Brain and Body

Vitamin D Could Help Repair Damaged Hearts

April 7, 2016 | Johannes Van Zijl

Photo credit: Bruno Caimi/Flickr (CC by 2.0)

A recent study suggests a daily dose of vitamin D could help people with diseased hearts!

A five-year study by the University of Leeds have found that a daily dose of vitamin D3 improved the heart function in people with chronic heart failure. The study involved 160 patients from Leeds who were being treated for heart failure using proven medications that included beta-blockers, ACE-inhibitors and pacemakers.

Half of the participants in the study were asked to take vitamin D3 every day for a year, and the other half took a placebo. The researchers, led by Dr. Klaus Witte from the Leeds School of Medicine and Consultant Cardiologist at Leeds Teaching Hospitals NHS Trust, found that those who took vitamin D3 experienced an improvement in the heart’s pumping ability while there was no change in heart function among those who took the placebo.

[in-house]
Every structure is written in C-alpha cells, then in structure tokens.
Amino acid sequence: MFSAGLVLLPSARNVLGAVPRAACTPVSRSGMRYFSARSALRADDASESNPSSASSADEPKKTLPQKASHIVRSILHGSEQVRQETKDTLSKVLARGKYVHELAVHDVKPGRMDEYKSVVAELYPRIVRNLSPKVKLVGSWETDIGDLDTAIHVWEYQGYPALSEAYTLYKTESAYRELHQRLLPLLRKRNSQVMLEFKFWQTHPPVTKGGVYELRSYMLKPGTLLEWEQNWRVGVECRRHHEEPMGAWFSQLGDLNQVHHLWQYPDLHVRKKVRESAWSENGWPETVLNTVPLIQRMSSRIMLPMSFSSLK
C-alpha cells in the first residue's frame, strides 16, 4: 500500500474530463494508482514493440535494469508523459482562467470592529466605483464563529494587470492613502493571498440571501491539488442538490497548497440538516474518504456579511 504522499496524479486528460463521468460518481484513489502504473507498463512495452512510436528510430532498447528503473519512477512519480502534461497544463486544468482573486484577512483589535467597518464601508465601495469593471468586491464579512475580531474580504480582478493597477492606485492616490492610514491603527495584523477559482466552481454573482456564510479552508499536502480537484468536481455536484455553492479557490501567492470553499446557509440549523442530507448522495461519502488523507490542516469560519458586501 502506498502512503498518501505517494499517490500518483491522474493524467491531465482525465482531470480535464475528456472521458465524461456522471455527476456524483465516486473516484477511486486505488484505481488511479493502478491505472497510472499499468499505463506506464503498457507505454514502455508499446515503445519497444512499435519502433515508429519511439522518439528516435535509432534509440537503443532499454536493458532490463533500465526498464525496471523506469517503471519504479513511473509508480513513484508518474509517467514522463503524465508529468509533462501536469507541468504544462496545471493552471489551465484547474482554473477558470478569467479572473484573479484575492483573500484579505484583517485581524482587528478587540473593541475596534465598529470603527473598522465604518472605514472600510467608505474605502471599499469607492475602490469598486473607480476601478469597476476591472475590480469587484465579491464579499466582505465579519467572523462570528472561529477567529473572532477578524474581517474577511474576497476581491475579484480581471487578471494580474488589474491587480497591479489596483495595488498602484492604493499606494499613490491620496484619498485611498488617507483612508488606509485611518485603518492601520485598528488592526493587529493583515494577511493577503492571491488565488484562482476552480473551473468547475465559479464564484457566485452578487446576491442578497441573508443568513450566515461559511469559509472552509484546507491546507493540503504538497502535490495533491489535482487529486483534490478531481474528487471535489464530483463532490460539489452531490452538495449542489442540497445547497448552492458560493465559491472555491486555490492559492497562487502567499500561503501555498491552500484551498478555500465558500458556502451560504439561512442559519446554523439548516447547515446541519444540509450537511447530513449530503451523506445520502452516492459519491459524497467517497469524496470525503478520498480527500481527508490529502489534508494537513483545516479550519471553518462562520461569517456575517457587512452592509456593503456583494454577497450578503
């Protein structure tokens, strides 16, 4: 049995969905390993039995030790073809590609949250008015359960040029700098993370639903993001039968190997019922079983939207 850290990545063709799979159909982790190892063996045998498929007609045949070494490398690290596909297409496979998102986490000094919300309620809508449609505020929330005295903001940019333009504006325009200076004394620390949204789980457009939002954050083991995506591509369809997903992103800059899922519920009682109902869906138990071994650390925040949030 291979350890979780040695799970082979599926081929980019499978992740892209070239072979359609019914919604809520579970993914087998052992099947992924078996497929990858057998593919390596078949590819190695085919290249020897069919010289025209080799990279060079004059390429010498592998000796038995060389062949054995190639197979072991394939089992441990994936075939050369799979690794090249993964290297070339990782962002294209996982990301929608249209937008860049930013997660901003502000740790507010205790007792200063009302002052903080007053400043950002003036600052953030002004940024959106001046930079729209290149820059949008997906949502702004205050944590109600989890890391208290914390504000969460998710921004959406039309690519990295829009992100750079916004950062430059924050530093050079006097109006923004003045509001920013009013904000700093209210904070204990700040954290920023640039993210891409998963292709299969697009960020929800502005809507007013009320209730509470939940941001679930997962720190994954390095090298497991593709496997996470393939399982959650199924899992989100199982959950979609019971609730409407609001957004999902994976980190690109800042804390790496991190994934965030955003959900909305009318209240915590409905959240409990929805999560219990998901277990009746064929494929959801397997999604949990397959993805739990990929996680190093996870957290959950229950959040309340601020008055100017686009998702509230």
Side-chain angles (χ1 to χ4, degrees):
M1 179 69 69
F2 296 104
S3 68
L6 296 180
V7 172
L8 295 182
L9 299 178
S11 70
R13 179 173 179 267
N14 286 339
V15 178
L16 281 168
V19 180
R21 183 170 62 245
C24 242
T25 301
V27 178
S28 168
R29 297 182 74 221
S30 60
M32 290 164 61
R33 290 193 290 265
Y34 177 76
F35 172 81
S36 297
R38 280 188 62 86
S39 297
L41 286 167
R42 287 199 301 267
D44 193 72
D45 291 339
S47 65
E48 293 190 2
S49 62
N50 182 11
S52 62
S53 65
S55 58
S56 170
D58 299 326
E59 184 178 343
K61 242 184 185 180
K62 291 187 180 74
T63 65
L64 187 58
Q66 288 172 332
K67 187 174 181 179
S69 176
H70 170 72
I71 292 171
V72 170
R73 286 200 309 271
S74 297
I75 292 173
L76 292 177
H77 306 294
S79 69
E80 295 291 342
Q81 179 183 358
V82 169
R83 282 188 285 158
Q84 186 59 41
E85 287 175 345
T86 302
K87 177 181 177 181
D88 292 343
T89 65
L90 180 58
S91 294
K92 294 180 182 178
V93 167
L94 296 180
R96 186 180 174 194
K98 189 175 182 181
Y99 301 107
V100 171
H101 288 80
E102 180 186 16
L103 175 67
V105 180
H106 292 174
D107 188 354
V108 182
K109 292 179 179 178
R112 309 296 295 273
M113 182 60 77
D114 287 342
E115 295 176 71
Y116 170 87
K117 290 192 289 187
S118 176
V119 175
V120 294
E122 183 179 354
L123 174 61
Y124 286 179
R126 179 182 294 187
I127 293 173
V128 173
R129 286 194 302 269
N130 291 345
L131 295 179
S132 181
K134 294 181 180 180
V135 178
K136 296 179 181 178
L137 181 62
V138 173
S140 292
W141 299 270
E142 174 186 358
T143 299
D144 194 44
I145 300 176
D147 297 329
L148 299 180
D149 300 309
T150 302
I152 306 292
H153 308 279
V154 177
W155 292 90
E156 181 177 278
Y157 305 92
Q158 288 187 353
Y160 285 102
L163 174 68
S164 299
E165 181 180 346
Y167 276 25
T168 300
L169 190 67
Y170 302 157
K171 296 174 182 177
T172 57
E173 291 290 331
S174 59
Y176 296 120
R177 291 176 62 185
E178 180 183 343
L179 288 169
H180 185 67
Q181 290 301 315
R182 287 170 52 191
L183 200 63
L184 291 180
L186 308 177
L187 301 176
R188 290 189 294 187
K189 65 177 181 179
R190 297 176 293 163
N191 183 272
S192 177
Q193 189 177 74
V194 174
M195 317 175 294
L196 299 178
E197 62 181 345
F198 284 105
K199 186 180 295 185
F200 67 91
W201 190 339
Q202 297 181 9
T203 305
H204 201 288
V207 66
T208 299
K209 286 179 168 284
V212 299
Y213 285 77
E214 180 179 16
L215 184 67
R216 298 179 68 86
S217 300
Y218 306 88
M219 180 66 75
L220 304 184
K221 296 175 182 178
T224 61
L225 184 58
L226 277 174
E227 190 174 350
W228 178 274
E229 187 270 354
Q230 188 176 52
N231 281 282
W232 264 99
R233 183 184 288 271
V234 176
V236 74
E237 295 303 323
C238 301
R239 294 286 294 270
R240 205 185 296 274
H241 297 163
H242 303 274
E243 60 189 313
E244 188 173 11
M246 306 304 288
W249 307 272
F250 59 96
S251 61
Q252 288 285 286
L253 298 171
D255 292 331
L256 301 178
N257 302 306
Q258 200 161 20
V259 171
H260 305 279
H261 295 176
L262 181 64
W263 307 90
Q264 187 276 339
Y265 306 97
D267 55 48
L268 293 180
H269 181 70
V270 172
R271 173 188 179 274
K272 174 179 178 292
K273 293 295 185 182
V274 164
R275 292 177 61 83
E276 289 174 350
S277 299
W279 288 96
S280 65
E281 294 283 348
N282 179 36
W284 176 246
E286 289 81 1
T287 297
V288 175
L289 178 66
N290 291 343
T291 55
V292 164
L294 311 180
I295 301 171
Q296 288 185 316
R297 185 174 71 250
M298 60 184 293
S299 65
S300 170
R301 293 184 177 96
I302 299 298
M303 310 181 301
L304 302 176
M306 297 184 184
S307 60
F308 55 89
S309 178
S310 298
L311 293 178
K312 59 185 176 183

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“This is a significant breakthrough for patients,” Witte said, in a news release. “It is the first evidence that vitamin D3 can improve heart function of people with heart muscle weakness – known as heart failure. These findings could make a significant difference to the care of heart failure patients.”

Vitamin D diagram

Vitamin D3 has been found to have other important functions in the human body. The vitamin can be boosted by exposure to sunlight, or can be taken in a supplement form as illustrated in the figure above.

It’s believed that more than 23 million people suffer from heart failure around the world, these latest findings provides meaningful hope that those suffering might find benefit from getting their daily dose of vitamin D, which may help to restore heart function over time.

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